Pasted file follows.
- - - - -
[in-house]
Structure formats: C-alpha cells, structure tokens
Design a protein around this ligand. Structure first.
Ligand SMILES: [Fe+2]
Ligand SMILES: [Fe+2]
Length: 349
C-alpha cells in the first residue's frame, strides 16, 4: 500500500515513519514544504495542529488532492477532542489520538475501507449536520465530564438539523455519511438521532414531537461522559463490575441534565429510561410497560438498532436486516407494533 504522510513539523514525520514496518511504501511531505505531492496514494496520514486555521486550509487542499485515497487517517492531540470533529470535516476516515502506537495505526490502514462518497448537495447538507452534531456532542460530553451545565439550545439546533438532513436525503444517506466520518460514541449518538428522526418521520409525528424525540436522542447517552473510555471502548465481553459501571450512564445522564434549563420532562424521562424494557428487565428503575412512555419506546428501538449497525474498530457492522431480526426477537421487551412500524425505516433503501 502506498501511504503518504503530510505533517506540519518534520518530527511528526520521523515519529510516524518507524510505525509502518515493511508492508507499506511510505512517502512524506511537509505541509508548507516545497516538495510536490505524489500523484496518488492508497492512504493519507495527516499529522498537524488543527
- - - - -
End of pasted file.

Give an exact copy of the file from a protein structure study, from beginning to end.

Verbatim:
[in-house]
Structure formats: C-alpha cells, structure tokens
Design a protein around this ligand. Structure first.
Ligand SMILES: [Fe+2]
Ligand SMILES: [Fe+2]
Length: 349
C-alpha cells in the first residue's frame, strides 16, 4: 500500500515513519514544504495542529488532492477532542489520538475501507449536520465530564438539523455519511438521532414531537461522559463490575441534565429510561410497560438498532436486516407494533 504522510513539523514525520514496518511504501511531505505531492496514494496520514486555521486550509487542499485515497487517517492531540470533529470535516476516515502506537495505526490502514462518497448537495447538507452534531456532542460530553451545565439550545439546533438532513436525503444517506466520518460514541449518538428522526418521520409525528424525540436522542447517552473510555471502548465481553459501571450512564445522564434549563420532562424521562424494557428487565428503575412512555419506546428501538449497525474498530457492522431480526426477537421487551412500524425505516433503501 502506498501511504503518504503530510505533517506540519518534520518530527511528526520521523515519529510516524518507524510505525509502518515493511508492508507499506511510505512517502512524506511537509505541509508548507516545497516538495510536490505524489500523484496518488492508497492512504493519507495527516499529522498537524488543527